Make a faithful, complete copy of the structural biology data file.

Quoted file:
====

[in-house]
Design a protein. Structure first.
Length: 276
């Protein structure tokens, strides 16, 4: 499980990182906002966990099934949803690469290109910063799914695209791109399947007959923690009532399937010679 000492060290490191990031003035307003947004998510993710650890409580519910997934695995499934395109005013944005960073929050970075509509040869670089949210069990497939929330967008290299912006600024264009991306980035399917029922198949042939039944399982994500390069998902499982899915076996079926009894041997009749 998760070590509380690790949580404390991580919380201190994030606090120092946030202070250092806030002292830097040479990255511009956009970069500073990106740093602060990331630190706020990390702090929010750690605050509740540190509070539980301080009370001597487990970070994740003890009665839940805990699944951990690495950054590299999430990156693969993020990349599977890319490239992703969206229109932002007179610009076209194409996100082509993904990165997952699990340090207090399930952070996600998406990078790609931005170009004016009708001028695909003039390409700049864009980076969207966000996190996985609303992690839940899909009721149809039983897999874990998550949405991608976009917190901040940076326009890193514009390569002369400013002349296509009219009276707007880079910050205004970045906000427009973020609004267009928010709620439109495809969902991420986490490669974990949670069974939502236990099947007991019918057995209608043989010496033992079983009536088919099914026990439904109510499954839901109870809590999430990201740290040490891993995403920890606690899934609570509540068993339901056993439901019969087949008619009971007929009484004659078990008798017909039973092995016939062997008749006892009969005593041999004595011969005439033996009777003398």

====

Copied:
[in-house]
Design a protein. Structure first.
Length: 276
């Protein structure tokens, strides 16, 4: 499980990182906002966990099934949803690469290109910063799914695209791109399947007959923690009532399937010679 000492060290490191990031003035307003947004998510993710650890409580519910997934695995499934395109005013944005960073929050970075509509040869670089949210069990497939929330967008290299912006600024264009991306980035399917029922198949042939039944399982994500390069998902499982899915076996079926009894041997009749 998760070590509380690790949580404390991580919380201190994030606090120092946030202070250092806030002292830097040479990255511009956009970069500073990106740093602060990331630190706020990390702090929010750690605050509740540190509070539980301080009370001597487990970070994740003890009665839940805990699944951990690495950054590299999430990156693969993020990349599977890319490239992703969206229109932002007179610009076209194409996100082509993904990165997952699990340090207090399930952070996600998406990078790609931005170009004016009708001028695909003039390409700049864009980076969207966000996190996985609303992690839940899909009721149809039983897999874990998550949405991608976009917190901040940076326009890193514009390569002369400013002349296509009219009276707007880079910050205004970045906000427009973020609004267009928010709620439109495809969902991420986490490669974990949670069974939502236990099947007991019918057995209608043989010496033992079983009536088919099914026990439904109510499954839901109870809590999430990201740290040490891993995403920890606690899934609570509540068993339901056993439901019969087949008619009971007929009484004659078990008798017909039973092995016939062997008749006892009969005593041999004595011969005439033996009777003398």